For a long time, the Orthodox Slavs were content to reproduce translations of the works of Byzantine commentators on the canons. But in the nineteenth century, Slavic canonists took over the first place. Chronologically speaking, it is proper to mention first the work of Archimandrite John Sokolov, published in St. Petersburg in 1851.25 Nicodemus Milash rightly considered this Russian canonist as the father of Orthodox canonical studies in the modern period.26 Fr. G. Florovsky underlined the scientific value of this work; he wrote that “for the first time, the ancient and fundamental canons of the Church were presented in Russian more in historical than in doctrinal fashion.”27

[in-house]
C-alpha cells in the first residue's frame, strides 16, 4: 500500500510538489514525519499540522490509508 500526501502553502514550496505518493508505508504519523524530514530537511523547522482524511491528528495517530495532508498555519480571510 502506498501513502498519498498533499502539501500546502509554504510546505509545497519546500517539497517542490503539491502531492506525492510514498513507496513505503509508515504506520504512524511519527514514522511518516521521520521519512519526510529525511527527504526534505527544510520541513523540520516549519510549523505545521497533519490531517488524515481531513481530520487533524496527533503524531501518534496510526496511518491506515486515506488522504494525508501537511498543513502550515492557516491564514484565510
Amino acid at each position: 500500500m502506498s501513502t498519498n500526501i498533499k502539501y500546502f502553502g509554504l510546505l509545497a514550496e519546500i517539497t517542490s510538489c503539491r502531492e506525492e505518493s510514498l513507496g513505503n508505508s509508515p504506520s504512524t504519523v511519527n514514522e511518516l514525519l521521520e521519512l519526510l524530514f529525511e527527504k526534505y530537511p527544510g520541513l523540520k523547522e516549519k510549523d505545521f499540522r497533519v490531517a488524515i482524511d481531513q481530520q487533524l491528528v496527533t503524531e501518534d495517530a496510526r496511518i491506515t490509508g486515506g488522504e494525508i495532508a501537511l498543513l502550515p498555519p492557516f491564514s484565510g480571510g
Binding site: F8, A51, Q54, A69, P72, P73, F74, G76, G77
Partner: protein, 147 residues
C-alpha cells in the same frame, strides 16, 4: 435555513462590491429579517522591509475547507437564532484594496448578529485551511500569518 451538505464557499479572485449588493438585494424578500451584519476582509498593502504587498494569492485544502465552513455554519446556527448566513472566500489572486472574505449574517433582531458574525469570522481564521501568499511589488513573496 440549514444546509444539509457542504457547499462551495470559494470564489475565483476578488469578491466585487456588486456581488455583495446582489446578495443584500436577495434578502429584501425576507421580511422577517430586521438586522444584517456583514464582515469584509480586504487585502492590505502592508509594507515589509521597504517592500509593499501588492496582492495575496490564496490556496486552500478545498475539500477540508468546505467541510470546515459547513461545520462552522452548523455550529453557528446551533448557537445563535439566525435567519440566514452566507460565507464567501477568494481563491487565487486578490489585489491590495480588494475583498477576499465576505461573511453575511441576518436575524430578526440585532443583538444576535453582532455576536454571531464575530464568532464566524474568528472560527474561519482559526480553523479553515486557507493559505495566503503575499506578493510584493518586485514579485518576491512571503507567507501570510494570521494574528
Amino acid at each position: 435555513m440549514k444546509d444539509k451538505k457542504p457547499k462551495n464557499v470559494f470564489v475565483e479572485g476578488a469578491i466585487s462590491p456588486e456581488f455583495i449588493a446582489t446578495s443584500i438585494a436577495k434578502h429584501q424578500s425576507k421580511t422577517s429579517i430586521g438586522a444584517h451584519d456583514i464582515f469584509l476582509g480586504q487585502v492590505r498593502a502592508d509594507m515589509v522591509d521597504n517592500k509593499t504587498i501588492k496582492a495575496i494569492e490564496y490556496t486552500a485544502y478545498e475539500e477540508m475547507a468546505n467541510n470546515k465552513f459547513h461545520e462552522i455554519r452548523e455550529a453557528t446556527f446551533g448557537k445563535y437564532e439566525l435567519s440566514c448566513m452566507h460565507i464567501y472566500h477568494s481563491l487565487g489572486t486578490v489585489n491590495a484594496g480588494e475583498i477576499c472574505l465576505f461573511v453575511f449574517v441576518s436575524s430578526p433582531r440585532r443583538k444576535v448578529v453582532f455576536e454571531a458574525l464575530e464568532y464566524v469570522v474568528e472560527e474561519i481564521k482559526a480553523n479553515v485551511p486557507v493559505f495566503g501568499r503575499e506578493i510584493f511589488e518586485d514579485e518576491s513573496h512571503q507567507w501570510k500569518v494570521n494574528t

A work consisting of the canons of the Orthodox Church with commentaries was published in 1895-6 by Nicodemus Milash, who later became Bishop of Dalmatia;28 this work is still of great interest today and shows itself as the fruit of considerable study.29 The interpretations and explanations found in this work, although they must obviously be revised and completed on the basis of more recent studies, are not at all to be minimized. Moreover, it is still used today as a reference work by Orthodox canonists. As for canonical commentaries in Romanian, we can mention the works of Metropolitan Andrew Saguna, N. Popovici, and C. Dron.30